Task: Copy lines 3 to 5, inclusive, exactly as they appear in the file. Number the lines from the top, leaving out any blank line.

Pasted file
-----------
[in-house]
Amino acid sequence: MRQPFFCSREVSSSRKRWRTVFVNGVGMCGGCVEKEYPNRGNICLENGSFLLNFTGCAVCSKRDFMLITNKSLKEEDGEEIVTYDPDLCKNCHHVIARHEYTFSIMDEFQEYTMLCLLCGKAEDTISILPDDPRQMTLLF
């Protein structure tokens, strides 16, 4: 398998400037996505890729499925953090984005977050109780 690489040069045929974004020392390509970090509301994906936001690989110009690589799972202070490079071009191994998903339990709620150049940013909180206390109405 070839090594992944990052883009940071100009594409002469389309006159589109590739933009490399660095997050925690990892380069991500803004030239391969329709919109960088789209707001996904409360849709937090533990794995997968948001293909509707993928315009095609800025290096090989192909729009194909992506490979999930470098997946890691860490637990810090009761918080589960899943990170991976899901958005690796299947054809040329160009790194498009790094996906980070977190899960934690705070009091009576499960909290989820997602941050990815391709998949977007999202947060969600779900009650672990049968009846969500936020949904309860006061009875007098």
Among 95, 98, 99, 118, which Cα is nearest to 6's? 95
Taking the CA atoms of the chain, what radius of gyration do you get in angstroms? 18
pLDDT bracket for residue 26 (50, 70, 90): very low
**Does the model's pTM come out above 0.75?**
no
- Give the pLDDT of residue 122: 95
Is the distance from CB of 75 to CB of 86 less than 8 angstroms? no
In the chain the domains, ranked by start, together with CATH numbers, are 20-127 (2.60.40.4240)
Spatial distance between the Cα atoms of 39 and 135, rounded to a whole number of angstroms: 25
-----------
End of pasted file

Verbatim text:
């Protein structure tokens, strides 16, 4: 398998400037996505890729499925953090984005977050109780 690489040069045929974004020392390509970090509301994906936001690989110009690589799972202070490079071009191994998903339990709620150049940013909180206390109405 070839090594992944990052883009940071100009594409002469389309006159589109590739933009490399660095997050925690990892380069991500803004030239391969329709919109960088789209707001996904409360849709937090533990794995997968948001293909509707993928315009095609800025290096090989192909729009194909992506490979999930470098997946890691860490637990810090009761918080589960899943990170991976899901958005690796299947054809040329160009790194498009790094996906980070977190899960934690705070009091009576499960909290989820997602941050990815391709998949977007999202947060969600779900009650672990049968009846969500936020949904309860006061009875007098």
Among 95, 98, 99, 118, which Cα is nearest to 6's? 95
Taking the CA atoms of the chain, what radius of gyration do you get in angstroms? 18